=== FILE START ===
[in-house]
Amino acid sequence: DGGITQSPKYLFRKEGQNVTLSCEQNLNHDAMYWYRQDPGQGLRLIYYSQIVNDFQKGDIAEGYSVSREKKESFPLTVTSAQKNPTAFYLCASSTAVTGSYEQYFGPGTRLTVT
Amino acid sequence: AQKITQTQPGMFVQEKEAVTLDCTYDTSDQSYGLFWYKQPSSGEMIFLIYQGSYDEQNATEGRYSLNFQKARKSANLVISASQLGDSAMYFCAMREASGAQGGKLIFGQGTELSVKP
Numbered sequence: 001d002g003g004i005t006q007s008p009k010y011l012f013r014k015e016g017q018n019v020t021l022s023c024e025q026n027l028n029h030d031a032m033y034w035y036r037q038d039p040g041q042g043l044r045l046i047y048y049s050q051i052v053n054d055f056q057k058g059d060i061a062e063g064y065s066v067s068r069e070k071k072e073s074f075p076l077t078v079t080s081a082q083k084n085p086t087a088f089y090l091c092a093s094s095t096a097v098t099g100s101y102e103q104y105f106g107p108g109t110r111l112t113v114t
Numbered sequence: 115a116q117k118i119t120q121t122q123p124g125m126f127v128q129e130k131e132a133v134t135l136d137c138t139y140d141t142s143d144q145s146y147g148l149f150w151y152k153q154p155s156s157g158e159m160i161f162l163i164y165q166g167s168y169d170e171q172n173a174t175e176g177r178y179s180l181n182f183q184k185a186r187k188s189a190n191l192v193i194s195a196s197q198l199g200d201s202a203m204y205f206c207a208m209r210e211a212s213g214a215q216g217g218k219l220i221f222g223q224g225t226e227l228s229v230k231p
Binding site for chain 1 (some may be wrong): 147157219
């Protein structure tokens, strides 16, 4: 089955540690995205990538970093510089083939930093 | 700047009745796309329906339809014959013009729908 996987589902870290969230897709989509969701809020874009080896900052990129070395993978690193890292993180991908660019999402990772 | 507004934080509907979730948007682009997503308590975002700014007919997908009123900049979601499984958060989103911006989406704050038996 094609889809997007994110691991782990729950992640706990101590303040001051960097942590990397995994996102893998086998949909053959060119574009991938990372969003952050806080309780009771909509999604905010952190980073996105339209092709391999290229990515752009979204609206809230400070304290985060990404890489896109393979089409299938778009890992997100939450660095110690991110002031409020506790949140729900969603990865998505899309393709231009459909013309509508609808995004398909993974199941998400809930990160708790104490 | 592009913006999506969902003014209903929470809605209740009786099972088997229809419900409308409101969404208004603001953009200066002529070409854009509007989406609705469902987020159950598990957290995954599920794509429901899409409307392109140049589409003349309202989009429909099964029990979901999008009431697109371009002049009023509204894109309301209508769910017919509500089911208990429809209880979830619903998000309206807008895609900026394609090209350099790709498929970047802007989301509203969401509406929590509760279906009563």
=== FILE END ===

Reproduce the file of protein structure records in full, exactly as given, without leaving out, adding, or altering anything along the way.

[in-house]
Amino acid sequence: DGGITQSPKYLFRKEGQNVTLSCEQNLNHDAMYWYRQDPGQGLRLIYYSQIVNDFQKGDIAEGYSVSREKKESFPLTVTSAQKNPTAFYLCASSTAVTGSYEQYFGPGTRLTVT
Amino acid sequence: AQKITQTQPGMFVQEKEAVTLDCTYDTSDQSYGLFWYKQPSSGEMIFLIYQGSYDEQNATEGRYSLNFQKARKSANLVISASQLGDSAMYFCAMREASGAQGGKLIFGQGTELSVKP
Numbered sequence: 001d002g003g004i005t006q007s008p009k010y011l012f013r014k015e016g017q018n019v020t021l022s023c024e025q026n027l028n029h030d031a032m033y034w035y036r037q038d039p040g041q042g043l044r045l046i047y048y049s050q051i052v053n054d055f056q057k058g059d060i061a062e063g064y065s066v067s068r069e070k071k072e073s074f075p076l077t078v079t080s081a082q083k084n085p086t087a088f089y090l091c092a093s094s095t096a097v098t099g100s101y102e103q104y105f106g107p108g109t110r111l112t113v114t
Numbered sequence: 115a116q117k118i119t120q121t122q123p124g125m126f127v128q129e130k131e132a133v134t135l136d137c138t139y140d141t142s143d144q145s146y147g148l149f150w151y152k153q154p155s156s157g158e159m160i161f162l163i164y165q166g167s168y169d170e171q172n173a174t175e176g177r178y179s180l181n182f183q184k185a186r187k188s189a190n191l192v193i194s195a196s197q198l199g200d201s202a203m204y205f206c207a208m209r210e211a212s213g214a215q216g217g218k219l220i221f222g223q224g225t226e227l228s229v230k231p
Binding site for chain 1 (some may be wrong): 147157219
């Protein structure tokens, strides 16, 4: 089955540690995205990538970093510089083939930093 | 700047009745796309329906339809014959013009729908 996987589902870290969230897709989509969701809020874009080896900052990129070395993978690193890292993180991908660019999402990772 | 507004934080509907979730948007682009997503308590975002700014007919997908009123900049979601499984958060989103911006989406704050038996 094609889809997007994110691991782990729950992640706990101590303040001051960097942590990397995994996102893998086998949909053959060119574009991938990372969003952050806080309780009771909509999604905010952190980073996105339209092709391999290229990515752009979204609206809230400070304290985060990404890489896109393979089409299938778009890992997100939450660095110690991110002031409020506790949140729900969603990865998505899309393709231009459909013309509508609808995004398909993974199941998400809930990160708790104490 | 592009913006999506969902003014209903929470809605209740009786099972088997229809419900409308409101969404208004603001953009200066002529070409854009509007989406609705469902987020159950598990957290995954599920794509429901899409409307392109140049589409003349309202989009429909099964029990979901999008009431697109371009002049009023509204894109309301209508769910017919509500089911208990429809209880979830619903998000309206807008895609900026394609090209350099790709498929970047802007989301509203969401509406929590509760279906009563």